Improving Relationships During COVID 19

Erin WileyArticles

By Erin Wiley, MA, LPC, LPCC

A global pandemic. The world shuts down. With only essential workers leaving their homes, the rest of us try finding a new rhythm for Life-in-Quarantine. For the first time, couples and families have been forced to bunker down with each other, with next to zero reprieves from the constant togetherness. Some family members have found great joy in this, but most struggle. People are tired, worried, overwhelmed, angry. Disappointed and stressed.

For couples in a healthy place, this is a time for greater connectivity, and for meeting new challenges together. For couples already in distress, COVID just adds more strain on an already tenuous relationship. Regardless of where you and your partner started back in March, there are things you can do now to help you find meaning and deepen connection during these difficult times.

With the combination of financial instability, work-from-home stress, managing childcare over summer break, and predictions of a second wave, people can use ideas to strengthen the relationships that are most significant to them. Making your romantic relationship a priority takes time, dedication, and commitment.

Here are three suggestions that I use with the couples I treat in therapy that will help you come back to each other despite all the struggles in the world, helping you reconnect in a meaningful way.

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My first suggestion for connecting during stressful times is spending time walking together. As simple as it sounds, there is a great benefit to getting out of the house and spending time with loved ones while moving our bodies together. Having a change of scenery and getting away from the distractions of a home gives us time to clear our minds and have conversations that count. Even simple talk about your day and what plans are in the near future will help strengthen your bond with each other. Whether you are taking a stroll in the park, or a heart-pumping walk through your neighborhood, walking together signifies that you are both willing to take time out of your busy schedules to prioritize time with each other. That kind of commitment of time and energy speaks volumes to your partner about the importance of your relationship. That, plus the conversation and stress-relieving chemicals in your brain from moving your body, all add up to a simple yet effective way to connect.

Speaking of getting away from distractions at home, how about spending less time engaging with electronics over people? We are all guilty in one form or another: news followers, social media addicts, recipe hounds, text warriors, video game aficionados, streaming media binge viewers, or constantly accessible workaholics.” Electronics can be a fun way to pass some free time, or they can become a maladaptive coping skill that we run to as a means to escape reality: that we are stressed, overworked, overwhelmed, dissatisfied, exhausted, and disappointed with life. Start to track your use. Rather than insist upon strict parameters for use right away, observe how often you are using electronics, and at what times you find yourself reaching for them. Maybe instead of zoning out together in front of the television, you have a conversation. Maybe instead of sitting in the same room with each other scrolling through staged pictures of other peoples’ lives, you go make some memories of your own. Take that walk, I just suggested. Cook a meal together. Plan a new project for your home. Just talk. Read. Or just BE in the same space, in the quiet. We are not used to living without constant stimulation but, practicing slowing down and getting away from the screens and games and shows gives us a better chance for the deeper connection we all long for.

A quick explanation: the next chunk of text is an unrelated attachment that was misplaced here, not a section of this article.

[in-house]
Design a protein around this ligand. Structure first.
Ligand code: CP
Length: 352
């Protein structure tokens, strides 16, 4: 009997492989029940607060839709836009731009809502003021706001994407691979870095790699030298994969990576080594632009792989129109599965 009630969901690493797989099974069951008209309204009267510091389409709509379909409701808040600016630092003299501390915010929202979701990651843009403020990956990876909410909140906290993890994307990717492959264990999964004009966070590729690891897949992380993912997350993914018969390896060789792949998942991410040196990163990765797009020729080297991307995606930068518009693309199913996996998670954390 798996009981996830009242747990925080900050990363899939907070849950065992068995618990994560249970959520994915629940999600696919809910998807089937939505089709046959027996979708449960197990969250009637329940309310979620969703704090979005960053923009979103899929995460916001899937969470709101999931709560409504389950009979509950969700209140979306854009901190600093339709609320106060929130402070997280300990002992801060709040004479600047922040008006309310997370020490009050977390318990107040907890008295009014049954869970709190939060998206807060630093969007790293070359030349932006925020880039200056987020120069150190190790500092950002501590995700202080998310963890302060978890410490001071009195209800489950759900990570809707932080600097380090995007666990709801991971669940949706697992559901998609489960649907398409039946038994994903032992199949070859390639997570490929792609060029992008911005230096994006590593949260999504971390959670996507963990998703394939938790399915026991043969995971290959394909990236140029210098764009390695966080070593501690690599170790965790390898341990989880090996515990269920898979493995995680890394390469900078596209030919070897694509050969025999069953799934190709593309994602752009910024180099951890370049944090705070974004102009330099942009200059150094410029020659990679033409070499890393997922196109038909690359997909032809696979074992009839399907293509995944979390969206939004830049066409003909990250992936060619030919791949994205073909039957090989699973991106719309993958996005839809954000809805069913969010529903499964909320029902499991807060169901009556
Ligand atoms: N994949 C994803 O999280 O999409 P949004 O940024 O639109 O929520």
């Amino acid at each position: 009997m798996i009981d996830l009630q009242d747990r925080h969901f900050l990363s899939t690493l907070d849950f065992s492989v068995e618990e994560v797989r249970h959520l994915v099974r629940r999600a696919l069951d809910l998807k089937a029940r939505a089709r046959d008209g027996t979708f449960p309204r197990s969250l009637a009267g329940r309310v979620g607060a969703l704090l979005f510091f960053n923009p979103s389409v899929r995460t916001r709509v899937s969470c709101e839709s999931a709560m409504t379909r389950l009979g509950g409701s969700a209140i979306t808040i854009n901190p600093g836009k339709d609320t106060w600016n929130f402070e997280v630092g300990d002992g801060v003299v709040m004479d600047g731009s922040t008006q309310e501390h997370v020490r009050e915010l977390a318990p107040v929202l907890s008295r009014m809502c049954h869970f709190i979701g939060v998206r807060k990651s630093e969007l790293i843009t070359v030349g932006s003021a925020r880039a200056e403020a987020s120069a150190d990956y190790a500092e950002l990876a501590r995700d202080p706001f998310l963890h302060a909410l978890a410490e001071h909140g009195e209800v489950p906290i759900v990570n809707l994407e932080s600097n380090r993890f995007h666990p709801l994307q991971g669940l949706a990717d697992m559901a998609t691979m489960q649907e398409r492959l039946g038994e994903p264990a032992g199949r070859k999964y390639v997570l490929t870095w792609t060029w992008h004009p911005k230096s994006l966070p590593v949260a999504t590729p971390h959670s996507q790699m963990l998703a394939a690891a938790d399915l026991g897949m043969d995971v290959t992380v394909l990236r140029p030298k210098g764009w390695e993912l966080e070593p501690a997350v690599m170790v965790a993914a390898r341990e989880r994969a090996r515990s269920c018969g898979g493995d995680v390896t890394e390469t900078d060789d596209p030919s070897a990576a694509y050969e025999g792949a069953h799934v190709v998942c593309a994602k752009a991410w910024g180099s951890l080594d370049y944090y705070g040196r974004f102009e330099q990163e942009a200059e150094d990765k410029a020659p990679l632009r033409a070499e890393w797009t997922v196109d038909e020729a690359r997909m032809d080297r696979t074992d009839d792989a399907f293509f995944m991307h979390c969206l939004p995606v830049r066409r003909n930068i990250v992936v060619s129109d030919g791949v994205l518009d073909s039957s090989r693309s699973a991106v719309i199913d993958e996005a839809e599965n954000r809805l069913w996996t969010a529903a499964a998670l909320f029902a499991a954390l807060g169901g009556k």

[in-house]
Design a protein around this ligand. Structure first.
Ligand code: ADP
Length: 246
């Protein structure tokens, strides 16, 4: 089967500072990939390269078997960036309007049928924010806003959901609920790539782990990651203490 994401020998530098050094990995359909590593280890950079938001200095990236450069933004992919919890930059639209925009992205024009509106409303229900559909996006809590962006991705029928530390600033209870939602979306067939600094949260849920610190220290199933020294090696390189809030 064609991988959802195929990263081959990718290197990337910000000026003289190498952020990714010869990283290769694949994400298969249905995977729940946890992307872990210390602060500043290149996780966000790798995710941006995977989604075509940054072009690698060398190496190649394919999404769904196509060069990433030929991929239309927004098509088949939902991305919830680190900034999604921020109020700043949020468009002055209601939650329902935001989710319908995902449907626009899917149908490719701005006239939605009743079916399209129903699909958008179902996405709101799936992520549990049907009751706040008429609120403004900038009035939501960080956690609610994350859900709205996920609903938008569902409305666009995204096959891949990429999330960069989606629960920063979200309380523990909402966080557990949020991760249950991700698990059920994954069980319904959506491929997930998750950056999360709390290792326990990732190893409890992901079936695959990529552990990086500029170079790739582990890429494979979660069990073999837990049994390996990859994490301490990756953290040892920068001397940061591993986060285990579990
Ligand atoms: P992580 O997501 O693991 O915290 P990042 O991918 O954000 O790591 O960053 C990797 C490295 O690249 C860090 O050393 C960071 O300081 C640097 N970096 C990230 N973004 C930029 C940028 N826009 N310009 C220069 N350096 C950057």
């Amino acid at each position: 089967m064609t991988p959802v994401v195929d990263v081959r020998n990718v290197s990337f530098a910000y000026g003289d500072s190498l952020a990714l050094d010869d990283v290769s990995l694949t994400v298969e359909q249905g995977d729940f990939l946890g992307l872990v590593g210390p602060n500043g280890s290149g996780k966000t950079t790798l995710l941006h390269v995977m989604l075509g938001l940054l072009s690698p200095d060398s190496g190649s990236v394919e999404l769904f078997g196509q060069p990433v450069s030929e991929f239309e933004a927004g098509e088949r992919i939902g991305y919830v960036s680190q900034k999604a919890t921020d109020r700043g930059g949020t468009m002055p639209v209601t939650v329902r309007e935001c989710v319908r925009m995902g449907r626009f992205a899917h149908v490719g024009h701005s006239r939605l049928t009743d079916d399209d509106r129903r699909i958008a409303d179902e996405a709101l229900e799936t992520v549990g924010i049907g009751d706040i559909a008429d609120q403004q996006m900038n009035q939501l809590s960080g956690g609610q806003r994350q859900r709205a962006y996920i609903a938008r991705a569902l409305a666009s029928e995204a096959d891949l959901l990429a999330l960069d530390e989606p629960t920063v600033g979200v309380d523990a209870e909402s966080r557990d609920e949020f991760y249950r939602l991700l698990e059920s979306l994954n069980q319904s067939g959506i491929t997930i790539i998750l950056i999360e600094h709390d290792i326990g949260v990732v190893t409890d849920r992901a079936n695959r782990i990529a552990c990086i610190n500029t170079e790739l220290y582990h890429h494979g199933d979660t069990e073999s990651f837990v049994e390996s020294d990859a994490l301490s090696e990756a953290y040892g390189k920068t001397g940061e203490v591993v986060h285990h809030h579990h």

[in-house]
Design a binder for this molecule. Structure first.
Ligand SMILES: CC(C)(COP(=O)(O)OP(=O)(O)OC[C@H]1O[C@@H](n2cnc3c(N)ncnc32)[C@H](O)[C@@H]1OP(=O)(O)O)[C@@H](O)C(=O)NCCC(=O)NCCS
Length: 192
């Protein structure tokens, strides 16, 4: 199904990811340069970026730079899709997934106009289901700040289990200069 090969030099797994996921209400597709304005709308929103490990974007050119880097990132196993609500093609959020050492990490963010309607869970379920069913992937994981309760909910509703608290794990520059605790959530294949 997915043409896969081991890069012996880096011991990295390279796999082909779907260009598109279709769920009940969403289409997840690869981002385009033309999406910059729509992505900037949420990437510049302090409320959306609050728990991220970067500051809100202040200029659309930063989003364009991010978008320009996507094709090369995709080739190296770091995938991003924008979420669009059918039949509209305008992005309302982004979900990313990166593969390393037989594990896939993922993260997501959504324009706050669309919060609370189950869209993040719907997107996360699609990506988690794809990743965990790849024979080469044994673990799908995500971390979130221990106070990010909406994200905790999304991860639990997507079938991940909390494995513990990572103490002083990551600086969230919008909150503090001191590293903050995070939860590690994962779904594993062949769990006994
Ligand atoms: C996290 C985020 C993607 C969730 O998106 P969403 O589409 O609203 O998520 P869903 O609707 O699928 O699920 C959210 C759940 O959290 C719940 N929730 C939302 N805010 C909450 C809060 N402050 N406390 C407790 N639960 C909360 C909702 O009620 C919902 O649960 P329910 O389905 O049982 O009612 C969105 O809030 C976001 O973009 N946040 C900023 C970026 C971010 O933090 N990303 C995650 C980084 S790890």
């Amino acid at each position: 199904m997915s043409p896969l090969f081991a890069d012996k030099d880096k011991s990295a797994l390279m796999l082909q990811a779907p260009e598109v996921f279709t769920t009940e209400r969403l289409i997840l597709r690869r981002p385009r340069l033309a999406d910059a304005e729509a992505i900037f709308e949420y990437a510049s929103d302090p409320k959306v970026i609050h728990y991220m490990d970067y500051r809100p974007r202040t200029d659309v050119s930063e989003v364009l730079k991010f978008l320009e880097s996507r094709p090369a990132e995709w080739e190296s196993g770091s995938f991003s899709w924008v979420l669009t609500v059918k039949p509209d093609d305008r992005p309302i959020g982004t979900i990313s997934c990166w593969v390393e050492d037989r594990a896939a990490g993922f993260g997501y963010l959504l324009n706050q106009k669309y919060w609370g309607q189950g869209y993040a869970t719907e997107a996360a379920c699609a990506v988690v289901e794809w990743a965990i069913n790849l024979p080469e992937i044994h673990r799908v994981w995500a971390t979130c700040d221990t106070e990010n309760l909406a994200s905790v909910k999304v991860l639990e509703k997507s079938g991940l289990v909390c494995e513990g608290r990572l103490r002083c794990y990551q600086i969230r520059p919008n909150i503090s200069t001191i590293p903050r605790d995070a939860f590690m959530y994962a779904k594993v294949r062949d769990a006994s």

My third and final suggestion is to spend some time processing your feelings and sharing them in conversation with each other. Being healthy emotionally is the key to having a great romantic relationship. People are often dysregulated when upset or irritated, and we need to learn how to get ourselves back into a healthy headspace when we are upset. The way we do that is to share our feelings openly. You are able to tell your partner that you are sad or upset about something that builds connectivity. Being open to hearing what your significant other has to say about their own emotions is just as important as sharing yours. Validating the emotions that someone expresses, even when they don’t align with the listener’s, completes the cycle of sharing. I advise my couples to spend specific, scheduled, purposeful time discussing emotions together. The format I have found to be most helpful is first to identify the emotion you are experiencing, then share why it is you believe you are experiencing the emotion, and process why this is significant to you. The last step in this format is to identify our needs in response to that emotion, and, if fitting, ask your partner for help meeting those needs. This type of high-level, emotionally intelligent skill is fundamental skills for weathering hard times together, and thriving rather than surviving,

Undistracted time together. Intentional time together. Meaningful time together. As a couples’ counselor, these are the simple, yet highly effective objectives that I have my clients working toward in therapy right now. Growing closer in times of stress can be done. Consider sharing these suggestions with your significant other and scheduling some time to try them. I wish you the best moving forward in your relationships through this year. Here’s to all of us deepening our meaningful relationships during this unprecedented time of world-wide strife.